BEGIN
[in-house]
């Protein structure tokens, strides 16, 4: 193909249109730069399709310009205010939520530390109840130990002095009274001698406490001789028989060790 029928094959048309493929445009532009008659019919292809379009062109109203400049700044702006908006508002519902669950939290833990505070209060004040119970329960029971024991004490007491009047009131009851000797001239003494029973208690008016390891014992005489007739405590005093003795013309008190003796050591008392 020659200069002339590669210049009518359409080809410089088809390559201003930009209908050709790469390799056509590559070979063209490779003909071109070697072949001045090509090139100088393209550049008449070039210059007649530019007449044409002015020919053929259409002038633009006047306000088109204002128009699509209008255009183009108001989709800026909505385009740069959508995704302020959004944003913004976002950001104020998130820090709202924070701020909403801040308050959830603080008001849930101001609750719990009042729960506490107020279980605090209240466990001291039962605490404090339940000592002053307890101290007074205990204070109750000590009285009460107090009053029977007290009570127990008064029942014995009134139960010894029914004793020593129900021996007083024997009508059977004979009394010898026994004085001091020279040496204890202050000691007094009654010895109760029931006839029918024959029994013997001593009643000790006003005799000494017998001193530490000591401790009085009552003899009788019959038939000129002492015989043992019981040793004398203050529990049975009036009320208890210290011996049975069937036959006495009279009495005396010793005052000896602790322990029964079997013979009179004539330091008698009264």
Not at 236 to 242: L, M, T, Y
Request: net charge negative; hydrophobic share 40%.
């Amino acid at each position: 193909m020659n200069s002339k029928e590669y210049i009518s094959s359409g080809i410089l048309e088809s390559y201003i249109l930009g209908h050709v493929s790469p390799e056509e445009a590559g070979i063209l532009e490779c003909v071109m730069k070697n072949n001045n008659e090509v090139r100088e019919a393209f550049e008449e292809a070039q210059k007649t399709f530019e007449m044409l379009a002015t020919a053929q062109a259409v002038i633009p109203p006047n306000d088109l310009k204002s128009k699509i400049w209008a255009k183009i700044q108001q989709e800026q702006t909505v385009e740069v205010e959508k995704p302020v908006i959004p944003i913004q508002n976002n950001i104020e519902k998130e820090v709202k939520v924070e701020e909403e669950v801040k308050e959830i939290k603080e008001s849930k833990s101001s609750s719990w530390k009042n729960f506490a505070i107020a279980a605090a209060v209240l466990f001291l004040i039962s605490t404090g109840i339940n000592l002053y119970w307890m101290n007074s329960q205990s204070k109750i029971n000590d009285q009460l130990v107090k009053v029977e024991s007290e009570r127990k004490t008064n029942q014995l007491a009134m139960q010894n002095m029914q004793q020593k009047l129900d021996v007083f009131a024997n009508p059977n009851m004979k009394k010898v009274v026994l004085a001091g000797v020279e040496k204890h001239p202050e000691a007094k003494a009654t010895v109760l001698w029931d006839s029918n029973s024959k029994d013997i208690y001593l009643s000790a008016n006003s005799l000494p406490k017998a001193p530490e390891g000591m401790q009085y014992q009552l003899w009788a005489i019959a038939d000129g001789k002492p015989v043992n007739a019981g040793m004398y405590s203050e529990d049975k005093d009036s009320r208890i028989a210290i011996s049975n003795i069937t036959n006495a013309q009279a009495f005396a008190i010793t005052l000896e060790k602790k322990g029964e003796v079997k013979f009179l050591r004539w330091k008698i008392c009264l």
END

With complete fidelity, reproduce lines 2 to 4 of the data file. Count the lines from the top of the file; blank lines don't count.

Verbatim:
């Protein structure tokens, strides 16, 4: 193909249109730069399709310009205010939520530390109840130990002095009274001698406490001789028989060790 029928094959048309493929445009532009008659019919292809379009062109109203400049700044702006908006508002519902669950939290833990505070209060004040119970329960029971024991004490007491009047009131009851000797001239003494029973208690008016390891014992005489007739405590005093003795013309008190003796050591008392 020659200069002339590669210049009518359409080809410089088809390559201003930009209908050709790469390799056509590559070979063209490779003909071109070697072949001045090509090139100088393209550049008449070039210059007649530019007449044409002015020919053929259409002038633009006047306000088109204002128009699509209008255009183009108001989709800026909505385009740069959508995704302020959004944003913004976002950001104020998130820090709202924070701020909403801040308050959830603080008001849930101001609750719990009042729960506490107020279980605090209240466990001291039962605490404090339940000592002053307890101290007074205990204070109750000590009285009460107090009053029977007290009570127990008064029942014995009134139960010894029914004793020593129900021996007083024997009508059977004979009394010898026994004085001091020279040496204890202050000691007094009654010895109760029931006839029918024959029994013997001593009643000790006003005799000494017998001193530490000591401790009085009552003899009788019959038939000129002492015989043992019981040793004398203050529990049975009036009320208890210290011996049975069937036959006495009279009495005396010793005052000896602790322990029964079997013979009179004539330091008698009264």
Not at 236 to 242: L, M, T, Y
Request: net charge negative; hydrophobic share 40%.